WASHINGTON (Reuters) - All five members of the panel that regulates the U.S. power grid indicated at a Senate hearing on Tuesday there was no emergency in the country’s electricity markets, potentially undermining efforts by President Donald Trump’s administration to save ailing coal and nuclear plants through subsidies.
Trump this month directed U.S. Energy Secretary Rick Perry to take emergency measures to keep coal and nuclear plants running in order to protect national security.
Many of the plants have shut in the face of plentiful natural gas, growth in wind and solar power, and stagnant power demand. More closures are expected in coming years.
Kevin McIntyre, the chairman of the Federal Energy Regulatory Commission (FERC) and one of three Republicans on the five member panel, said there was “no immediate calamity or threat” to power plants operating or serving the needs of consumers.
Senator Martin Heinrich, a Democrat, later asked all members of the FERC at the Senate energy committee hearing whether any of them saw a national security emergency in power markets. Cheryl LaFleur, a Democrat, said she did not, and the other four members responded to the question with silence.
Neil Chatterjee, another FERC Republican, cautioned that even though the power grid is reliable, regulators need to be vigilant that the turn away from coal and nuclear to natural gas does not make the grid less able to bounce back from weather disasters and physical and cyber attacks on the infrastructure.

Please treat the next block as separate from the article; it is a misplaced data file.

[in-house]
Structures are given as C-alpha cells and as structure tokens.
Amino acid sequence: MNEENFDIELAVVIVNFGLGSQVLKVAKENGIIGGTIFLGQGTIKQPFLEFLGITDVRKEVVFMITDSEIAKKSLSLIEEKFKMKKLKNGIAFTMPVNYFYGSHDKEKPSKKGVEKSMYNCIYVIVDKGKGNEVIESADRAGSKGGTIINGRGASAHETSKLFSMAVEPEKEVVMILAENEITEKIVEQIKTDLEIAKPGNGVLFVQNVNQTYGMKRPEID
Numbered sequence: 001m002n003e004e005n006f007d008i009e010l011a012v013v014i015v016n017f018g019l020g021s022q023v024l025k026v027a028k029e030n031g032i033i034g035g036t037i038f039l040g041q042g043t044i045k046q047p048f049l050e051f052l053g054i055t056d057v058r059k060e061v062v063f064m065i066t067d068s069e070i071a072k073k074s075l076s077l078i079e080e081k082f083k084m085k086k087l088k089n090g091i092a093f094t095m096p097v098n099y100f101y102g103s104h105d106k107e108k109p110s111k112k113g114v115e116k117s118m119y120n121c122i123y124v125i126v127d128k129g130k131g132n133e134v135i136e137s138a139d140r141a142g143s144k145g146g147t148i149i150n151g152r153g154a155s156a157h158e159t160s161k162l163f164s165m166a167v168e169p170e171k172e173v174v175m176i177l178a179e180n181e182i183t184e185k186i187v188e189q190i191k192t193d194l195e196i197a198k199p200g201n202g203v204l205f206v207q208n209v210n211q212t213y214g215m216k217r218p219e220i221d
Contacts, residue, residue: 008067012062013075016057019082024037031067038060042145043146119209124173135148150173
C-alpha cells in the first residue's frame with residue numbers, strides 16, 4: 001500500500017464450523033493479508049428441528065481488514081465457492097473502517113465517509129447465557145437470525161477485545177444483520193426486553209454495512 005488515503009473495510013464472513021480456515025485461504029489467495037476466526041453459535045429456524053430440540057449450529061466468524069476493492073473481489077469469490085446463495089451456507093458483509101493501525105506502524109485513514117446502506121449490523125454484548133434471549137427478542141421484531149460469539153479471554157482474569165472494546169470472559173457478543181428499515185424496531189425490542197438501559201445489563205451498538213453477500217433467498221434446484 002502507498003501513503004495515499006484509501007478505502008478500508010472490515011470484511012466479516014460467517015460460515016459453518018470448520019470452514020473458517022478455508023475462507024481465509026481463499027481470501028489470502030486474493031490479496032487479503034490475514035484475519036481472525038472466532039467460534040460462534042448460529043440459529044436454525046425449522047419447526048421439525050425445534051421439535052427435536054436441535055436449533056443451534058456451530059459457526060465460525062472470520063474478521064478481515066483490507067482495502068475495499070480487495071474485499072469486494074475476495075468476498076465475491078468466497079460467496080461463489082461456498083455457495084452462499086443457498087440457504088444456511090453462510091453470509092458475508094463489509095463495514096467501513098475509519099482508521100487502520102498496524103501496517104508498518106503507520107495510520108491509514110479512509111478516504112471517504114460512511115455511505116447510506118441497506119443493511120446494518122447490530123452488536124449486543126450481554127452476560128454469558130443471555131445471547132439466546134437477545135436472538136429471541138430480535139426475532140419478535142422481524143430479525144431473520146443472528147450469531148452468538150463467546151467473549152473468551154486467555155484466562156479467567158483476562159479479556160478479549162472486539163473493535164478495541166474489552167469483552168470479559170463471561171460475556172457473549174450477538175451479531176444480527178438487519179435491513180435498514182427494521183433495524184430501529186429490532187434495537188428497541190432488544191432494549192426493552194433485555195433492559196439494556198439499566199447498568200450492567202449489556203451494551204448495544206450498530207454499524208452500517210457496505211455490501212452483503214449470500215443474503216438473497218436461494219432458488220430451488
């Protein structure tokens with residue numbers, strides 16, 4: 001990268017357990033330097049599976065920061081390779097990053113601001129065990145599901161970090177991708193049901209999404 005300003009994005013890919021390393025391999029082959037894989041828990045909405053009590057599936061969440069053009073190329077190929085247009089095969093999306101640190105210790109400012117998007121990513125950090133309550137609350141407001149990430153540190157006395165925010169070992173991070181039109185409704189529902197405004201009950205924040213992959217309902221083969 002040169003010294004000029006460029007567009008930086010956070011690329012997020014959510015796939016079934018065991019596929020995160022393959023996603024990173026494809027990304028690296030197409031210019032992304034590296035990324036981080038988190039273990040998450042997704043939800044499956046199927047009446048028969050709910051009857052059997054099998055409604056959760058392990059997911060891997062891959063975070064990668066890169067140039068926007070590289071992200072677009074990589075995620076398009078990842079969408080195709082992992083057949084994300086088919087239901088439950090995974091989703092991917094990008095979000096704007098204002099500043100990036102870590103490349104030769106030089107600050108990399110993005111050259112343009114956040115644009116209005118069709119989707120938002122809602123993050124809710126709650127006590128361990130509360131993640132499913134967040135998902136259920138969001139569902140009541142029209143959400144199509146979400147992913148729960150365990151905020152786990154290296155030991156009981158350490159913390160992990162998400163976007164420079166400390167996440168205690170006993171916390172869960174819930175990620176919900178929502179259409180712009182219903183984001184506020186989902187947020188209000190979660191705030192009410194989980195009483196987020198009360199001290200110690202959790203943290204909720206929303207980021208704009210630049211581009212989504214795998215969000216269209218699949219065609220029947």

But Robert Powelson, a Republican member of the commission said a directive to the Energy Department to subsidize coal and nuclear could result in “significant rate increases without any corresponding reliability, resilience or cyber security benefits.” He said intervention threatens “to collapse the wholesale competitive markets that have long been a cornerstone of FERC policy.”
Richard Glick, a Democrat on the FERC, said Trump’s push to save aging coal and nuclear plants would “clearly” raise power bills for residents and businesses. “The question is how much,” he said. Glick said estimates he had seen showed the country’s utility rates could rise tens of billions of dollars.
Chatterjee, from coal-producing Kentucky, commiserated with Senator Steve Daines of Montana about how the loss of coal plants means job cuts at power generators and mines.
But he suggested that lawmakers may have to legislate changes to help save those jobs. “That is not something we factor into our record,” Chatterjee said about the deliberations of FERC, which ensures that power markets run efficiently.
Reporting by Timothy Gardner; Editing by Chris Reese